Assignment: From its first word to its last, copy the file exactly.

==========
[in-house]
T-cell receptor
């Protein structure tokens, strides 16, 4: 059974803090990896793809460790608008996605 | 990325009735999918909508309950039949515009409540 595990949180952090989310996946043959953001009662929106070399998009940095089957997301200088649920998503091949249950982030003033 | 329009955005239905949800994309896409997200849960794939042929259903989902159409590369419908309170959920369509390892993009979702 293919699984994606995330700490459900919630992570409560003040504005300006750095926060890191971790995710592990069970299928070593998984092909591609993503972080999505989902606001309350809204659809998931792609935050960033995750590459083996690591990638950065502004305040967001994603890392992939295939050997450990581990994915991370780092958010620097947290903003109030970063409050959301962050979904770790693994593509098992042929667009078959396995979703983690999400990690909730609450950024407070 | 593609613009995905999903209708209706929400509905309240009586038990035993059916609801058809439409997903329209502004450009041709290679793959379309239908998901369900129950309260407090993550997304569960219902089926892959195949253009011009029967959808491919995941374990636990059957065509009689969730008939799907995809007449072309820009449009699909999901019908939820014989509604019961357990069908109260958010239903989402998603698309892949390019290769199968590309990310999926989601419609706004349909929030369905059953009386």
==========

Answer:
[in-house]
T-cell receptor
């Protein structure tokens, strides 16, 4: 059974803090990896793809460790608008996605 | 990325009735999918909508309950039949515009409540 595990949180952090989310996946043959953001009662929106070399998009940095089957997301200088649920998503091949249950982030003033 | 329009955005239905949800994309896409997200849960794939042929259903989902159409590369419908309170959920369509390892993009979702 293919699984994606995330700490459900919630992570409560003040504005300006750095926060890191971790995710592990069970299928070593998984092909591609993503972080999505989902606001309350809204659809998931792609935050960033995750590459083996690591990638950065502004305040967001994603890392992939295939050997450990581990994915991370780092958010620097947290903003109030970063409050959301962050979904770790693994593509098992042929667009078959396995979703983690999400990690909730609450950024407070 | 593609613009995905999903209708209706929400509905309240009586038990035993059916609801058809439409997903329209502004450009041709290679793959379309239908998901369900129950309260407090993550997304569960219902089926892959195949253009011009029967959808491919995941374990636990059957065509009689969730008939799907995809007449072309820009449009699909999901019908939820014989509604019961357990069908109260958010239903989402998603698309892949390019290769199968590309990310999926989601419609706004349909929030369905059953009386």